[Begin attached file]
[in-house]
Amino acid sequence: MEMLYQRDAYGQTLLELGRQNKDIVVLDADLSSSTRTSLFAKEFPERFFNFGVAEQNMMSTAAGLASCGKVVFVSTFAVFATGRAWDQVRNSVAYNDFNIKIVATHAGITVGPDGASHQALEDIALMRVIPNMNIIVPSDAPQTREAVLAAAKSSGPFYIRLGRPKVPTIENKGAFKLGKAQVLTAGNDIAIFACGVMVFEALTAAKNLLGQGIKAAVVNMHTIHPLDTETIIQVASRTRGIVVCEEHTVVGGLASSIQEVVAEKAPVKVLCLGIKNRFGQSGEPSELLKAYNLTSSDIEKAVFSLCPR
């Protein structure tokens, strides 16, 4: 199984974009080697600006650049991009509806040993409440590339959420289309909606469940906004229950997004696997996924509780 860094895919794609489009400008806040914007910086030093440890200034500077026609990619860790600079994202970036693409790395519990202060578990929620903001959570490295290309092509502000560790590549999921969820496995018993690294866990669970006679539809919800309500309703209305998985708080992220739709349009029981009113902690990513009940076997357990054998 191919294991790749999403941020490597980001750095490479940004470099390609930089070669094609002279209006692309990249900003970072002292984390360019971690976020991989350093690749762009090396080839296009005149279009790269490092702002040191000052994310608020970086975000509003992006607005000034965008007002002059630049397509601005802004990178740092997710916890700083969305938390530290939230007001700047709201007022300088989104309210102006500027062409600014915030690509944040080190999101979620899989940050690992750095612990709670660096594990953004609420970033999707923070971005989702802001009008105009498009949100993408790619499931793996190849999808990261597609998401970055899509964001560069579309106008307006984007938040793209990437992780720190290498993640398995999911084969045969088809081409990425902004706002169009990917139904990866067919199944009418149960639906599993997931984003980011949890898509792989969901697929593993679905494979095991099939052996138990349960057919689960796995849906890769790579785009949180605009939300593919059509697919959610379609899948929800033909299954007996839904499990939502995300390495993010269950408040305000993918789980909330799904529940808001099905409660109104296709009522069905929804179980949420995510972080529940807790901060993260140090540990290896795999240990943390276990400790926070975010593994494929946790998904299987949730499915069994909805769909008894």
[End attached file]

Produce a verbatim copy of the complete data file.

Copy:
[in-house]
Amino acid sequence: MEMLYQRDAYGQTLLELGRQNKDIVVLDADLSSSTRTSLFAKEFPERFFNFGVAEQNMMSTAAGLASCGKVVFVSTFAVFATGRAWDQVRNSVAYNDFNIKIVATHAGITVGPDGASHQALEDIALMRVIPNMNIIVPSDAPQTREAVLAAAKSSGPFYIRLGRPKVPTIENKGAFKLGKAQVLTAGNDIAIFACGVMVFEALTAAKNLLGQGIKAAVVNMHTIHPLDTETIIQVASRTRGIVVCEEHTVVGGLASSIQEVVAEKAPVKVLCLGIKNRFGQSGEPSELLKAYNLTSSDIEKAVFSLCPR
């Protein structure tokens, strides 16, 4: 199984974009080697600006650049991009509806040993409440590339959420289309909606469940906004229950997004696997996924509780 860094895919794609489009400008806040914007910086030093440890200034500077026609990619860790600079994202970036693409790395519990202060578990929620903001959570490295290309092509502000560790590549999921969820496995018993690294866990669970006679539809919800309500309703209305998985708080992220739709349009029981009113902690990513009940076997357990054998 191919294991790749999403941020490597980001750095490479940004470099390609930089070669094609002279209006692309990249900003970072002292984390360019971690976020991989350093690749762009090396080839296009005149279009790269490092702002040191000052994310608020970086975000509003992006607005000034965008007002002059630049397509601005802004990178740092997710916890700083969305938390530290939230007001700047709201007022300088989104309210102006500027062409600014915030690509944040080190999101979620899989940050690992750095612990709670660096594990953004609420970033999707923070971005989702802001009008105009498009949100993408790619499931793996190849999808990261597609998401970055899509964001560069579309106008307006984007938040793209990437992780720190290498993640398995999911084969045969088809081409990425902004706002169009990917139904990866067919199944009418149960639906599993997931984003980011949890898509792989969901697929593993679905494979095991099939052996138990349960057919689960796995849906890769790579785009949180605009939300593919059509697919959610379609899948929800033909299954007996839904499990939502995300390495993010269950408040305000993918789980909330799904529940808001099905409660109104296709009522069905929804179980949420995510972080529940807790901060993260140090540990290896795999240990943390276990400790926070975010593994494929946790998904299987949730499915069994909805769909008894």